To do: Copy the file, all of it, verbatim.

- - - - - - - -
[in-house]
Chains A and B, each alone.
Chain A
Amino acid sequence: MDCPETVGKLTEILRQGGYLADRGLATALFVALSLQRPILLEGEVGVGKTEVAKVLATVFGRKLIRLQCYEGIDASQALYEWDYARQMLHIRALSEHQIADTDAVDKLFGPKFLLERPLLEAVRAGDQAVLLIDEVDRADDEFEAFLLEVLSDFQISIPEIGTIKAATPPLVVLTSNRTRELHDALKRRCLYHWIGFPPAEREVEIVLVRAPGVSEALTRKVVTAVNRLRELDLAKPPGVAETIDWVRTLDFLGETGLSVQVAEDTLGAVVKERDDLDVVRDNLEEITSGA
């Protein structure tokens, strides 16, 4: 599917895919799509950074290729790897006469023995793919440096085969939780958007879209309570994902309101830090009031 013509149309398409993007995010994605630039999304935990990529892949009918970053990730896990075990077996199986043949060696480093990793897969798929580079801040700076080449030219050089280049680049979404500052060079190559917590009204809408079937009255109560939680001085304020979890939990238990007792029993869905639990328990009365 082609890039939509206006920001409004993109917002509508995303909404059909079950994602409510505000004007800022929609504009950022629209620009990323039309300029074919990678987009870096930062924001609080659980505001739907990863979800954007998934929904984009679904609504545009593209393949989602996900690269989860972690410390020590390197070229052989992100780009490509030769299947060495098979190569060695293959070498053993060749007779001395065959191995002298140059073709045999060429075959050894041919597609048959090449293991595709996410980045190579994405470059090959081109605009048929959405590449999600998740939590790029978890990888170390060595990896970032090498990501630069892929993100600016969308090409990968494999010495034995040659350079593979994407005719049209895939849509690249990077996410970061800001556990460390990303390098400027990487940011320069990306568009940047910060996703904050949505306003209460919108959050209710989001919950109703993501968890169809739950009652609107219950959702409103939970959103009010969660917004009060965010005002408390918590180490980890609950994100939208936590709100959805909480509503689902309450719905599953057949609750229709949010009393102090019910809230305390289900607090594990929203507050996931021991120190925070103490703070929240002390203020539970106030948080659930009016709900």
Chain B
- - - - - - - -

[in-house]
Chains A and B, each alone.
Chain A
Amino acid sequence: MDCPETVGKLTEILRQGGYLADRGLATALFVALSLQRPILLEGEVGVGKTEVAKVLATVFGRKLIRLQCYEGIDASQALYEWDYARQMLHIRALSEHQIADTDAVDKLFGPKFLLERPLLEAVRAGDQAVLLIDEVDRADDEFEAFLLEVLSDFQISIPEIGTIKAATPPLVVLTSNRTRELHDALKRRCLYHWIGFPPAEREVEIVLVRAPGVSEALTRKVVTAVNRLRELDLAKPPGVAETIDWVRTLDFLGETGLSVQVAEDTLGAVVKERDDLDVVRDNLEEITSGA
């Protein structure tokens, strides 16, 4: 599917895919799509950074290729790897006469023995793919440096085969939780958007879209309570994902309101830090009031 013509149309398409993007995010994605630039999304935990990529892949009918970053990730896990075990077996199986043949060696480093990793897969798929580079801040700076080449030219050089280049680049979404500052060079190559917590009204809408079937009255109560939680001085304020979890939990238990007792029993869905639990328990009365 082609890039939509206006920001409004993109917002509508995303909404059909079950994602409510505000004007800022929609504009950022629209620009990323039309300029074919990678987009870096930062924001609080659980505001739907990863979800954007998934929904984009679904609504545009593209393949989602996900690269989860972690410390020590390197070229052989992100780009490509030769299947060495098979190569060695293959070498053993060749007779001395065959191995002298140059073709045999060429075959050894041919597609048959090449293991595709996410980045190579994405470059090959081109605009048929959405590449999600998740939590790029978890990888170390060595990896970032090498990501630069892929993100600016969308090409990968494999010495034995040659350079593979994407005719049209895939849509690249990077996410970061800001556990460390990303390098400027990487940011320069990306568009940047910060996703904050949505306003209460919108959050209710989001919950109703993501968890169809739950009652609107219950959702409103939970959103009010969660917004009060965010005002408390918590180490980890609950994100939208936590709100959805909480509503689902309450719905599953057949609750229709949010009393102090019910809230305390289900607090594990929203507050996931021991120190925070103490703070929240002390203020539970106030948080659930009016709900």
Chain B